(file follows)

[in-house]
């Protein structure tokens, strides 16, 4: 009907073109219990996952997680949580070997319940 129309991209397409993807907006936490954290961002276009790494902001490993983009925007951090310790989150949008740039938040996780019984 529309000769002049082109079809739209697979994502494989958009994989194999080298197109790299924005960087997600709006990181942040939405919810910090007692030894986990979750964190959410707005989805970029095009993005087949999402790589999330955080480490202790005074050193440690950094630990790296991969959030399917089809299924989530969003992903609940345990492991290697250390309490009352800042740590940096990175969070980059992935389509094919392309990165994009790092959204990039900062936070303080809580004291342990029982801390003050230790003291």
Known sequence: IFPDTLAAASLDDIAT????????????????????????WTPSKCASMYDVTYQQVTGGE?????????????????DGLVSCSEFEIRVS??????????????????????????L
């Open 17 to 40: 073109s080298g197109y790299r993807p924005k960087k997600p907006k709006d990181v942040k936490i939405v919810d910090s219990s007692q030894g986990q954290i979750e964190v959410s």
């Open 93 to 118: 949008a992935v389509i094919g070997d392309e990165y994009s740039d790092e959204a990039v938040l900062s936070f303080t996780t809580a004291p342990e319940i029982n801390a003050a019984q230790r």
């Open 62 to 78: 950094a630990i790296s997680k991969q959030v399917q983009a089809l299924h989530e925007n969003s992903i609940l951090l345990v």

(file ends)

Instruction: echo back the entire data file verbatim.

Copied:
[in-house]
């Protein structure tokens, strides 16, 4: 009907073109219990996952997680949580070997319940 129309991209397409993807907006936490954290961002276009790494902001490993983009925007951090310790989150949008740039938040996780019984 529309000769002049082109079809739209697979994502494989958009994989194999080298197109790299924005960087997600709006990181942040939405919810910090007692030894986990979750964190959410707005989805970029095009993005087949999402790589999330955080480490202790005074050193440690950094630990790296991969959030399917089809299924989530969003992903609940345990492991290697250390309490009352800042740590940096990175969070980059992935389509094919392309990165994009790092959204990039900062936070303080809580004291342990029982801390003050230790003291």
Known sequence: IFPDTLAAASLDDIAT????????????????????????WTPSKCASMYDVTYQQVTGGE?????????????????DGLVSCSEFEIRVS??????????????????????????L
């Open 17 to 40: 073109s080298g197109y790299r993807p924005k960087k997600p907006k709006d990181v942040k936490i939405v919810d910090s219990s007692q030894g986990q954290i979750e964190v959410s």
């Open 93 to 118: 949008a992935v389509i094919g070997d392309e990165y994009s740039d790092e959204a990039v938040l900062s936070f303080t996780t809580a004291p342990e319940i029982n801390a003050a019984q230790r």
């Open 62 to 78: 950094a630990i790296s997680k991969q959030v399917q983009a089809l299924h989530e925007n969003s992903i609940l951090l345990v």